15 January 2008

Boeing vs Airbus - Tanker (PR) Wars

Monday was a great day for people who read and write blogs. Boeing and Airbus were having a bad PR haircut day.

Airbus is trying to win (against the odds) the Tanker contract based on the A330 Airframe. Boeing is trying to keep the contract based on the 767 Airframe they already won once but were disqualified due to some rather nefarious practices which resulted in Jail time for two of their former execs.

So Airbus thought they could raise the stakes by offering some political value in a backdoor offset. The offer is to position an additional A330 civil production line (for Freighters only) at the same plant in Alabama. Currently Airbus has a backlog of 65 of these aircraft.

So back to the war - yesterday was Airbus's big announcement. All the politicos who wanted news ink showed up. Hoping for some good positive stories to put the pressure on the Tanker Selection Committee to choose the European subsidiary of EADS rather than the normal US Contractor choice.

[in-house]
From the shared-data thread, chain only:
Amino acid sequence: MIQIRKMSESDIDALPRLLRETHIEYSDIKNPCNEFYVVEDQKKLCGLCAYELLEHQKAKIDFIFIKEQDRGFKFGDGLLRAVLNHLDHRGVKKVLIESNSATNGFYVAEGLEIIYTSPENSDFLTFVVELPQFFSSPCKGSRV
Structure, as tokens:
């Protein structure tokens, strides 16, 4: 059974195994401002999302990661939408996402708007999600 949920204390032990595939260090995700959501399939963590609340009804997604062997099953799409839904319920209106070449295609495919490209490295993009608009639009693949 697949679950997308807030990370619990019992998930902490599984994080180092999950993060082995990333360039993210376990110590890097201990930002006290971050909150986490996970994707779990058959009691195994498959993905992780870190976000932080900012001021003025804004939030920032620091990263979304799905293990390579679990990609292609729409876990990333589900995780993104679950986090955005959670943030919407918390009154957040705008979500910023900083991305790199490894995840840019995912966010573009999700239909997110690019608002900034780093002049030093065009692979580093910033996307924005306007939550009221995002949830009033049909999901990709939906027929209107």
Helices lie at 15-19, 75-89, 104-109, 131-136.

Some little dickie birdie decided yesterday was the perfect day to look at Airbus's first military program - the A400M and see how well they are doing. Or not doing as the case may be. So rather than Airbus scoring a nice PR coup - the focus in the papers this morning was on Airbus's problems not the positives.

The article that appeared in the Wall Street Journal today was less than complementary about EADS's Airbus division. Pointing to Project Management, Politics and Technology complexity as the chief causes of the A400M's woes.

In here is a little nugget that everyone should be paying attention to; a global supply chain for aircraft is by no means a trivial task even for experienced hands such as at Airbus. For Boeing there is a lesson here too. The long software integrated supply chain has incredible complexity and is very hard to get right particularly when politics and expedient choices are made.

Lessons learned. I think we will all so some more rhetoric before the decision is announced. Even then it is likely to get appealed.

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